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How to Cure Fin Rot in Goldfish

The symptoms of fin rot in goldfish include torn-looking, ragged tails and fins that appear to have been eaten away. As time progresses, the tail and fins diminish. Fin rot is caused by a stress on the fish, such as poor water quality or injury. Bacteria that naturally occur in the water can then attack the edges of the fins. In advanced cases, a white fungus can grow on the edges of the fins as well. Fortunately, fin rot is treatable. If you start treatment as soon as you notice the fin rot, you can expect full recovery for your goldfish.

Change the water in your goldfish bowl or aquarium. Scrub down the sides to get rid of algae and other growths. A major water change improves the pH and other water quality factors in the goldfish's environment and gets rid of much of the bacteria that grows because of fish waste in the water.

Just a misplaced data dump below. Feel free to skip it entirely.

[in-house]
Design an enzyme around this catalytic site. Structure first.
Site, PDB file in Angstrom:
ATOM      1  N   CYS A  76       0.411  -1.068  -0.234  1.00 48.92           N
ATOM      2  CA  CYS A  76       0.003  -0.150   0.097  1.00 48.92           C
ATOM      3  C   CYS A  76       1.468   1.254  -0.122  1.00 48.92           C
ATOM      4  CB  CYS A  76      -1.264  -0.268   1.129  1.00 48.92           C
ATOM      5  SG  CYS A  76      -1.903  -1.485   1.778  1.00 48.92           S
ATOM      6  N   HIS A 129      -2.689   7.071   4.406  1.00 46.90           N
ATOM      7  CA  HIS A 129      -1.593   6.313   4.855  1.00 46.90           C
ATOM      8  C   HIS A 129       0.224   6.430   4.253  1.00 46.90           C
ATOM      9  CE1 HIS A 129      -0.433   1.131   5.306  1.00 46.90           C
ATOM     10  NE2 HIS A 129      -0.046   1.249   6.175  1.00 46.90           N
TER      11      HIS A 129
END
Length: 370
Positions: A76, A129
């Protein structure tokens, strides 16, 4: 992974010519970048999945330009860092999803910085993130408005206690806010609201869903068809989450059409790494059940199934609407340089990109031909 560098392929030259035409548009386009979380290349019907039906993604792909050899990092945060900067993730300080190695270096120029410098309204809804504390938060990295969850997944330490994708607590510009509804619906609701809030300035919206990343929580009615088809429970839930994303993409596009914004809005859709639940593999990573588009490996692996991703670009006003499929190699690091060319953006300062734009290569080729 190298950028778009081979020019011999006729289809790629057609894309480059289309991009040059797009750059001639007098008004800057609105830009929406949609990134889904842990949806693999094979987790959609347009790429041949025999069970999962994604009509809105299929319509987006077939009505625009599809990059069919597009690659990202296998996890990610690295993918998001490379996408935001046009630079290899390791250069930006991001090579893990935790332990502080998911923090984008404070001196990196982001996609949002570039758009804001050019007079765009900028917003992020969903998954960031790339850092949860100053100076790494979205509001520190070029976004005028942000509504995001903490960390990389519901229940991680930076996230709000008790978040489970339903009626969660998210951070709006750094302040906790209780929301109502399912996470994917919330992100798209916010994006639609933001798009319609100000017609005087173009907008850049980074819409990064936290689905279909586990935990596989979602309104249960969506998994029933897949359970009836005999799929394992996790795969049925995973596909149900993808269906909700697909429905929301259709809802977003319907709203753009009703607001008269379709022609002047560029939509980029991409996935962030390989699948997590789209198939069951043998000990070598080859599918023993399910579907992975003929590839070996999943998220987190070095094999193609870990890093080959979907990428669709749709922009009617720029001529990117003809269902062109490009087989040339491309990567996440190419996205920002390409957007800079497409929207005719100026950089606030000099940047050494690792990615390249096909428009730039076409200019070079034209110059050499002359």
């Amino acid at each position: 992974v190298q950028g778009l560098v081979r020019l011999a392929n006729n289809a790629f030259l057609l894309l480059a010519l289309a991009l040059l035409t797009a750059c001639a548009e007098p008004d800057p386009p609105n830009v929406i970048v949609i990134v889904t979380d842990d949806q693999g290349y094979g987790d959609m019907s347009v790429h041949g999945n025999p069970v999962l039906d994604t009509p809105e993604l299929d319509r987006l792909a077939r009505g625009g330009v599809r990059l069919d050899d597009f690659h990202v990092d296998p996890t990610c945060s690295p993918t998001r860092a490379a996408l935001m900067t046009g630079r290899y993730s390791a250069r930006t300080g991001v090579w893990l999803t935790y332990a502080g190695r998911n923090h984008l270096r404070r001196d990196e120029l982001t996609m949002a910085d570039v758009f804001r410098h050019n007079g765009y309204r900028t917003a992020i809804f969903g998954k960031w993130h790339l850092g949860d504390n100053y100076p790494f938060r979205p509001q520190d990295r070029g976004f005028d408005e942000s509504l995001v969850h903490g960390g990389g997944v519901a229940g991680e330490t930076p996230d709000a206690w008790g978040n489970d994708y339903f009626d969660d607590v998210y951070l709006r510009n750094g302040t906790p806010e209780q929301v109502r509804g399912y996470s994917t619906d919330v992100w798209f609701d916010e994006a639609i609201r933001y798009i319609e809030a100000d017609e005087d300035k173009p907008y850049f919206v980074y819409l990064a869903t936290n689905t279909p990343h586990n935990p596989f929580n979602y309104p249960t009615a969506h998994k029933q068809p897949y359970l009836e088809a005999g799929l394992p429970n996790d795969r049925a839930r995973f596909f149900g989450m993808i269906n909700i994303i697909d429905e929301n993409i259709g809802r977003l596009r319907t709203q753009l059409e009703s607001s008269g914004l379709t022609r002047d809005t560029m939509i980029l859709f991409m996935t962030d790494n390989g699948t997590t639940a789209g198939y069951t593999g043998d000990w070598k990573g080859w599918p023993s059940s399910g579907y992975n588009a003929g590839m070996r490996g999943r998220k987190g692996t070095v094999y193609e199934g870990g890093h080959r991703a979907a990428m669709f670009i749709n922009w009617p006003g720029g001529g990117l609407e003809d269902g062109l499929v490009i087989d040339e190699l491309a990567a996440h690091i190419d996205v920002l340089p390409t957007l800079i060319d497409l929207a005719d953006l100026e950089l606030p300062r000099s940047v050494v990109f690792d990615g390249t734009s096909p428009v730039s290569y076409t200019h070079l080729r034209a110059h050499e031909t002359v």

Mix in 1 tbsp aquarium salt for every 5 gallons of water before returning the fish to the bowl or aquarium. Stir the mixture until it dissolves. Aquarium salt eliminates many common bacteria from the water. Do not use table salt. Do not add any salt at all if you have live aquarium plants or fish that do not tolerate salt well, such as Corydoras catfish.

Add medication designed to remedy fin rot to the water. Consult your local aquarium store staff for advice and read labels carefully. Common fin rot medications include tetracycline, chloramphenicol and furance. Follow package directions exactly when adding the medication to the water.

Observe the infected goldfish closely for signs of improvement. Monitor the water quality and keep the fish bowl or aquarium water at a high standard of cleanliness at all times to prevent further fin rot infections.

Warning

Do not use goldfish fin rot cure for other fish. They may not tolerate the treatment well.

Things You'll Need

  • Aquarium salt
  • Fin rot medication
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About the Author

Karren Doll Tolliver holds a Bachelor of English from Mississippi University for Women and a CELTA teaching certificate from Akcent Language School in Prague. Also a photographer, she records adventures by camera, combining photos with journals in her blogs. Her latest book, "A Travel for Taste: Germany," was published in 2015.